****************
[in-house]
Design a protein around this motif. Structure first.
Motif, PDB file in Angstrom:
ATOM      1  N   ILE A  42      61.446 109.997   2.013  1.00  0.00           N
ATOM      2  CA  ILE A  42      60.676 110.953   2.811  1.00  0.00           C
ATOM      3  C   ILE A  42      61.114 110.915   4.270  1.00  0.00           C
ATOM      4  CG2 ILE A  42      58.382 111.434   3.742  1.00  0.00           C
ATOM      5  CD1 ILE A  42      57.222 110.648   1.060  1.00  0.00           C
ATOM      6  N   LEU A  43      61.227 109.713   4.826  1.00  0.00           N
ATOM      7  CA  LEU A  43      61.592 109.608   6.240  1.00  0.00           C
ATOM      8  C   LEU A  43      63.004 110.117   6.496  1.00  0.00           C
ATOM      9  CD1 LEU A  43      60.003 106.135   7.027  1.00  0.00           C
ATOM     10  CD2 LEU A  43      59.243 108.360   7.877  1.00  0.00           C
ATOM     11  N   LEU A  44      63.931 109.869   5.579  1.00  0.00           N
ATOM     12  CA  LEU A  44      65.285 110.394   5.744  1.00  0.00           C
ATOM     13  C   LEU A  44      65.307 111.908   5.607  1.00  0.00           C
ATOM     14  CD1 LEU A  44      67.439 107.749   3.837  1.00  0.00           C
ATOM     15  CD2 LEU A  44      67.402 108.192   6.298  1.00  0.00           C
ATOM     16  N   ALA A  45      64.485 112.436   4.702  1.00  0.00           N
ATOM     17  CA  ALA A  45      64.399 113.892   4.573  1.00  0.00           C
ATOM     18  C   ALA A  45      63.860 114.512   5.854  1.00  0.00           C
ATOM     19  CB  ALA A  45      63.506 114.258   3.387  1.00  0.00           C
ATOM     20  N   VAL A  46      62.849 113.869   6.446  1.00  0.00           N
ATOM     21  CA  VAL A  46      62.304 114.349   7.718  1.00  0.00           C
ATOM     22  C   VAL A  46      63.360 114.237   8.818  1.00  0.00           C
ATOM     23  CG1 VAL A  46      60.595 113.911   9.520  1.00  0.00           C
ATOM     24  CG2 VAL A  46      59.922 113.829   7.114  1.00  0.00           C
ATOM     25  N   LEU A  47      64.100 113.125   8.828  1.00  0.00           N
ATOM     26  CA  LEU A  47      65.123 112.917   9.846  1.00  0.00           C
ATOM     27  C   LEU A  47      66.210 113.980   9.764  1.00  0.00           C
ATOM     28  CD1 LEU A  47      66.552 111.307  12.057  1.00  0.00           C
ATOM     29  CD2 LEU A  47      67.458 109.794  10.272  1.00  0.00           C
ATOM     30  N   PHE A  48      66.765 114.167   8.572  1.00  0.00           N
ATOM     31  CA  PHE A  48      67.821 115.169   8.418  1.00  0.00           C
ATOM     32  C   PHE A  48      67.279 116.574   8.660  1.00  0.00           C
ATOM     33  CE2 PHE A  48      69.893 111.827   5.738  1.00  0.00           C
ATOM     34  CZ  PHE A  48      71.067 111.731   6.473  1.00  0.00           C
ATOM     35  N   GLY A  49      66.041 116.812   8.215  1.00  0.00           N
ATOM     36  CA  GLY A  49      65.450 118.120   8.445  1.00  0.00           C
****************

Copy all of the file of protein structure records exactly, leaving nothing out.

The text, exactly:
[in-house]
Design a protein around this motif. Structure first.
Motif, PDB file in Angstrom:
ATOM      1  N   ILE A  42      61.446 109.997   2.013  1.00  0.00           N
ATOM      2  CA  ILE A  42      60.676 110.953   2.811  1.00  0.00           C
ATOM      3  C   ILE A  42      61.114 110.915   4.270  1.00  0.00           C
ATOM      4  CG2 ILE A  42      58.382 111.434   3.742  1.00  0.00           C
ATOM      5  CD1 ILE A  42      57.222 110.648   1.060  1.00  0.00           C
ATOM      6  N   LEU A  43      61.227 109.713   4.826  1.00  0.00           N
ATOM      7  CA  LEU A  43      61.592 109.608   6.240  1.00  0.00           C
ATOM      8  C   LEU A  43      63.004 110.117   6.496  1.00  0.00           C
ATOM      9  CD1 LEU A  43      60.003 106.135   7.027  1.00  0.00           C
ATOM     10  CD2 LEU A  43      59.243 108.360   7.877  1.00  0.00           C
ATOM     11  N   LEU A  44      63.931 109.869   5.579  1.00  0.00           N
ATOM     12  CA  LEU A  44      65.285 110.394   5.744  1.00  0.00           C
ATOM     13  C   LEU A  44      65.307 111.908   5.607  1.00  0.00           C
ATOM     14  CD1 LEU A  44      67.439 107.749   3.837  1.00  0.00           C
ATOM     15  CD2 LEU A  44      67.402 108.192   6.298  1.00  0.00           C
ATOM     16  N   ALA A  45      64.485 112.436   4.702  1.00  0.00           N
ATOM     17  CA  ALA A  45      64.399 113.892   4.573  1.00  0.00           C
ATOM     18  C   ALA A  45      63.860 114.512   5.854  1.00  0.00           C
ATOM     19  CB  ALA A  45      63.506 114.258   3.387  1.00  0.00           C
ATOM     20  N   VAL A  46      62.849 113.869   6.446  1.00  0.00           N
ATOM     21  CA  VAL A  46      62.304 114.349   7.718  1.00  0.00           C
ATOM     22  C   VAL A  46      63.360 114.237   8.818  1.00  0.00           C
ATOM     23  CG1 VAL A  46      60.595 113.911   9.520  1.00  0.00           C
ATOM     24  CG2 VAL A  46      59.922 113.829   7.114  1.00  0.00           C
ATOM     25  N   LEU A  47      64.100 113.125   8.828  1.00  0.00           N
ATOM     26  CA  LEU A  47      65.123 112.917   9.846  1.00  0.00           C
ATOM     27  C   LEU A  47      66.210 113.980   9.764  1.00  0.00           C
ATOM     28  CD1 LEU A  47      66.552 111.307  12.057  1.00  0.00           C
ATOM     29  CD2 LEU A  47      67.458 109.794  10.272  1.00  0.00           C
ATOM     30  N   PHE A  48      66.765 114.167   8.572  1.00  0.00           N
ATOM     31  CA  PHE A  48      67.821 115.169   8.418  1.00  0.00           C
ATOM     32  C   PHE A  48      67.279 116.574   8.660  1.00  0.00           C
ATOM     33  CE2 PHE A  48      69.893 111.827   5.738  1.00  0.00           C
ATOM     34  CZ  PHE A  48      71.067 111.731   6.473  1.00  0.00           C
ATOM     35  N   GLY A  49      66.041 116.812   8.215  1.00  0.00           N
ATOM     36  CA  GLY A  49      65.450 118.120   8.445  1.00  0.00           C